According to legend, there were once three daughters whose father was so poor he couldn’t provide a proper dowry so that they could be married. A certain man learned of the father’s plight and, in the dead of night, secretly delivered three bags filled with gold coins, thereby saving the daughters from an almost certain future as prostitutes.
The man’s name was Nicholas. He eventually became a saint and is now celebrated the world over as a precursor to the jolly guy in red who hangs out at the mall every December, holed up in a little wooden shack and surrounded by teenagers wearing elf costumes.
Administering cheer incognito.
It hasn’t been an easy year. There was the layoff back in May, during which I had major oral surgery and spent a few days in the hospital. With no insurance. We played catch-up. Add to that a couple unexpected car repairs. And gas prices. Life, basically. Some of this stuff you don’t see coming. Other stuff is just stupid tax. The bottom line looks the same, however; shallow pockets and limited options.
My wife and I have never been ones to wear our turmoil for all to see. We smile genuine smiles and labor to drag the ends closer together. So we were both surprised when we learned that the administrators at the elementary school where my children attend, where my wife volunteers countless hours of time and oodles of energy, had chosen us to be one of this season’s Christmas families. They asked us for wish lists. Staff and volunteers then went out and purchased items from the lists, threw in some extras, wrapped it up in a variety of sparkling paper, and sent it home with my wife last week.
She drives a roomy minivan and it took two trips.
I knew it was coming. But I still wept. Stood in my garage staring at the piles and cried like a baby. We didn’t deserve this.
But, do we ever? Can any of us say that we deserve this or that and expect others to keep a straight face? We live in a day when many of us build our own traps and then wait for others to set us free. And if we got what we deserved, then we’d be crying out all the more. No, we deserve nothing. I deserve nothing.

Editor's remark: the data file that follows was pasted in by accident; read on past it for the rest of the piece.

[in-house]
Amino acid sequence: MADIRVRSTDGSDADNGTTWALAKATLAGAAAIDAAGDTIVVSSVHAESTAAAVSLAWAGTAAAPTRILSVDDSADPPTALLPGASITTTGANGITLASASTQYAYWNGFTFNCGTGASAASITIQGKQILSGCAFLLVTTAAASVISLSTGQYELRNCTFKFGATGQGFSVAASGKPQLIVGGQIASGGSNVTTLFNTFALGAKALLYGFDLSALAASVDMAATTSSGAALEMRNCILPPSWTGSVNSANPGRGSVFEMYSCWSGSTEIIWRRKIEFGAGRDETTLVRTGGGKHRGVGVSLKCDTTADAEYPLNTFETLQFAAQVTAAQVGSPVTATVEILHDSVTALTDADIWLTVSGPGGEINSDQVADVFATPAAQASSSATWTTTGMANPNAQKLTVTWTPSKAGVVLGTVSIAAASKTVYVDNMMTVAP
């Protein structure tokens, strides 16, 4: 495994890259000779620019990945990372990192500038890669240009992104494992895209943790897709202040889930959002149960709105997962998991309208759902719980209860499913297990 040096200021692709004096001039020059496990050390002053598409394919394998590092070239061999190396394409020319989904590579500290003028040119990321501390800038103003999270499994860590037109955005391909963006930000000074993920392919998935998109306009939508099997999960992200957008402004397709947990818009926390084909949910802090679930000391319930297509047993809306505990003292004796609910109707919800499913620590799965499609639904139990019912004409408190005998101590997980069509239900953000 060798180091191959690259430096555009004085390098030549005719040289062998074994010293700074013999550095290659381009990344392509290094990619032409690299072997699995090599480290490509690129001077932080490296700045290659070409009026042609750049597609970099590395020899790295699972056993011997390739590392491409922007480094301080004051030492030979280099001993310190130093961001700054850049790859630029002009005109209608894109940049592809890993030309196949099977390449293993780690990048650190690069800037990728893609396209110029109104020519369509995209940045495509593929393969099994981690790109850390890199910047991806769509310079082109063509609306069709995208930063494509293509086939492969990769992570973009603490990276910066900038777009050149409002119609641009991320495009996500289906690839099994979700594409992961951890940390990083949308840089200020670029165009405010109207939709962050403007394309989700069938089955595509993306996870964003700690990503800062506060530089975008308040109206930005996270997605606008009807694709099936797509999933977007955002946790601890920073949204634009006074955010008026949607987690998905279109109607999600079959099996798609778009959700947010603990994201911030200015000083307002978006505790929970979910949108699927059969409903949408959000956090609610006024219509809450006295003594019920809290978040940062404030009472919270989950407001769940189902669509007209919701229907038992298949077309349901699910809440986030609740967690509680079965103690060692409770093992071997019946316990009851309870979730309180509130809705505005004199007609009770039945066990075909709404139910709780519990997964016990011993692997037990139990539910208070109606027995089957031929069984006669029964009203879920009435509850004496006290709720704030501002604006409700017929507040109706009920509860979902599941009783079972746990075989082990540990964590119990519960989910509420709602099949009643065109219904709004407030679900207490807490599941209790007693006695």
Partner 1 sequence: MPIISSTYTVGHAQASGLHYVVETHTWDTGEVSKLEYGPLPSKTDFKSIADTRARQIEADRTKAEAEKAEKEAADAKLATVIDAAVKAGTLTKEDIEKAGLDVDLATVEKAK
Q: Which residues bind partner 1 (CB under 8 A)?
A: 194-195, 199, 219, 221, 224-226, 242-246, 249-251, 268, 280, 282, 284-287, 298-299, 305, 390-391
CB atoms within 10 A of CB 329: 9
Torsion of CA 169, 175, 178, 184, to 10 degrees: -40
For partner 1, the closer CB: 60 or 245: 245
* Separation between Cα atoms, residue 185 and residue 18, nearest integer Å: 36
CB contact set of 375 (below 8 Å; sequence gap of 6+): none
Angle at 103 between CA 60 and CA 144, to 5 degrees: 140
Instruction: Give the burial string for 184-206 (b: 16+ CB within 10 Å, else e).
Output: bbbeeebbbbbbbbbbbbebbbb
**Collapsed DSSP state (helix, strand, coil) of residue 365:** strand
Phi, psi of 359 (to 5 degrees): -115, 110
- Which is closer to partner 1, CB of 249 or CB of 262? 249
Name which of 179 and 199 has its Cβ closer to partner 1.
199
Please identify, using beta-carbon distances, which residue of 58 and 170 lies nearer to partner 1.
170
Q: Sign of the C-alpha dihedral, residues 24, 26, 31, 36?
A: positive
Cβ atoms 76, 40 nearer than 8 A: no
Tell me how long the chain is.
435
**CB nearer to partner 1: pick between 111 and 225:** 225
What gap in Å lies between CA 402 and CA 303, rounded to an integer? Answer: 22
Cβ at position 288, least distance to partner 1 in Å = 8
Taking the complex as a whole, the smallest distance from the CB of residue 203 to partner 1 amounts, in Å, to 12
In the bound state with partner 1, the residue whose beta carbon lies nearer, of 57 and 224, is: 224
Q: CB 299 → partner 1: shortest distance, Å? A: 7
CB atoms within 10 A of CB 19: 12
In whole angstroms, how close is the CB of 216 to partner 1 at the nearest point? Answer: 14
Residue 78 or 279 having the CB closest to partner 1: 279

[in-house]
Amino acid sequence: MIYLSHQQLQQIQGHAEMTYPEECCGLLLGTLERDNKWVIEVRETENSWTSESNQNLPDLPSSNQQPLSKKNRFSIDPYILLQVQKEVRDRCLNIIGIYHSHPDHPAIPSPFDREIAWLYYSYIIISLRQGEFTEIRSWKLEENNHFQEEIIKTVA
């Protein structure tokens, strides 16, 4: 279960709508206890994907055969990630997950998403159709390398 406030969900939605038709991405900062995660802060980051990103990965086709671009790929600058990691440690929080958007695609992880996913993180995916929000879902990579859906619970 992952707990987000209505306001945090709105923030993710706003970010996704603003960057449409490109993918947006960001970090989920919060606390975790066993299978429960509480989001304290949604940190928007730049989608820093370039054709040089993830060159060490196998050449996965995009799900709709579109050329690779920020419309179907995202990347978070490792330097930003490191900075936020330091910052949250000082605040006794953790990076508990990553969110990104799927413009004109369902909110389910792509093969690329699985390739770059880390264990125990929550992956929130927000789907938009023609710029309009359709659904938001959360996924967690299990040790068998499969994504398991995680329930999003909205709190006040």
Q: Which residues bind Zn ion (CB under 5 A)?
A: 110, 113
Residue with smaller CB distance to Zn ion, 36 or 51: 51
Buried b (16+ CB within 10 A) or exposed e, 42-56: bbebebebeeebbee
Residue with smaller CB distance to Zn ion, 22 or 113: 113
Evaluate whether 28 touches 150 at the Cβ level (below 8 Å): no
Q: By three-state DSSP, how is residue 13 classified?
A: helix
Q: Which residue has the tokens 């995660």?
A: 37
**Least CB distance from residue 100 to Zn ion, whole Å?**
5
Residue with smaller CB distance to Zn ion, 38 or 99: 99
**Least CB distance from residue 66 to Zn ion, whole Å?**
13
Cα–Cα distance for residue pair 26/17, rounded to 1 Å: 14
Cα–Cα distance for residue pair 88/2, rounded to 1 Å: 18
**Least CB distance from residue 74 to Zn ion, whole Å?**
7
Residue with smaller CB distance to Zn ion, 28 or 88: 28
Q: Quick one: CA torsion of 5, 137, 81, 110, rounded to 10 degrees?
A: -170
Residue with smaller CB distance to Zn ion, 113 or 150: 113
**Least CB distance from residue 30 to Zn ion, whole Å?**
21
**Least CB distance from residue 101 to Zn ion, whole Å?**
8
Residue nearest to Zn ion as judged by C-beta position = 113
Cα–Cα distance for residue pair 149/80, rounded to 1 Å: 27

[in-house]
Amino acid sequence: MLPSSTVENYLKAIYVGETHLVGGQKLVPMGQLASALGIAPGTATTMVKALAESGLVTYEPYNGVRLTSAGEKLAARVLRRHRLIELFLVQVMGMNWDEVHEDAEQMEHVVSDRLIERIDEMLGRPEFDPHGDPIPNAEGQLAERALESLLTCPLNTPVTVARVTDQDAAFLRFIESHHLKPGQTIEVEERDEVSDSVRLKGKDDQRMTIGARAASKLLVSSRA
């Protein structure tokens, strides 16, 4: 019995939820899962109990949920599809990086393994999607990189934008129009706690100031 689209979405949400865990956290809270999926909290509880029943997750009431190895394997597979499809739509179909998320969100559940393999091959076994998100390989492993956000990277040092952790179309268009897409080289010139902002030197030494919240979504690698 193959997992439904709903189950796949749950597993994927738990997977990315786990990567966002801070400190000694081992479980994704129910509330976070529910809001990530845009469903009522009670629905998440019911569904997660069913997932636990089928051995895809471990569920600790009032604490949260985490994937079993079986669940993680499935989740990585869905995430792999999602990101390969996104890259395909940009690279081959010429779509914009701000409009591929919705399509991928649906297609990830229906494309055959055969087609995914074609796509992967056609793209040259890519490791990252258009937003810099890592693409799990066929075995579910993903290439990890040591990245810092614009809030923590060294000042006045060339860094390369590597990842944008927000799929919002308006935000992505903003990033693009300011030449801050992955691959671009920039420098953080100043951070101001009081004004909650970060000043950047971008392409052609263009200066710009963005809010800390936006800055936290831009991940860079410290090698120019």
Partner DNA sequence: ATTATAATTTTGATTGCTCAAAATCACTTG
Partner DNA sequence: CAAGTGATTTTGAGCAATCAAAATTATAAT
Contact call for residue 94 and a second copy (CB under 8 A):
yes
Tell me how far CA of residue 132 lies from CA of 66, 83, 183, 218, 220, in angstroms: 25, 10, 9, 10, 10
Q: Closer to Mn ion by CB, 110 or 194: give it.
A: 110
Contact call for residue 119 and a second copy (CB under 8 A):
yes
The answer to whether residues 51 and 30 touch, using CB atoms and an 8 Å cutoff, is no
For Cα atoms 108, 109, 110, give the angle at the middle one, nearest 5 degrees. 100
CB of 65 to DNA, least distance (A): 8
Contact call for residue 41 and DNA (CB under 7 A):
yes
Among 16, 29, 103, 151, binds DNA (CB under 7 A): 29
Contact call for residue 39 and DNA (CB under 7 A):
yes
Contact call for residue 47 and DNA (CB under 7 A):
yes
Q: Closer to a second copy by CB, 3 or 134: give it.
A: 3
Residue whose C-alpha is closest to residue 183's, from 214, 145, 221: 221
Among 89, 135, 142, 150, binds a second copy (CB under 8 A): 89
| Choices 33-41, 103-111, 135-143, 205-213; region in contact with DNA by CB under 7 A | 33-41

And yet, there it all sits. Under the tree. Waiting for four children to rip it open and squeal with delight. Perhaps they deserve it. To have a Christmas morning overflowing with shredded sparkling paper instead of having to bear the weight of my if-only bitterness.
I haven’t hashed it all out yet. And maybe I never will. Perhaps it isn’t supposed to make sense. Perhaps I just think too much.
My wife isn’t like that. She just spends every Christmas Eve baking cookies and breads and bars until she can’t see straight. Then she arranges them festively onto seasonal paper plates and delivers them. This year . . . One to the neighbor whose husband died this past week, because we’ll miss his smile. One to the nearby emergency room, for all the times they’ve stitched up a cut or calmed, with gentle hands and soft words, our fevered child. And one to the firefighters hunkered down for the night, away from their families, who won’t sleep so we can. The kids carry the goodies, and daddy drives. And no one asks us our names. We are anonymous.
Just like Nicholas . . .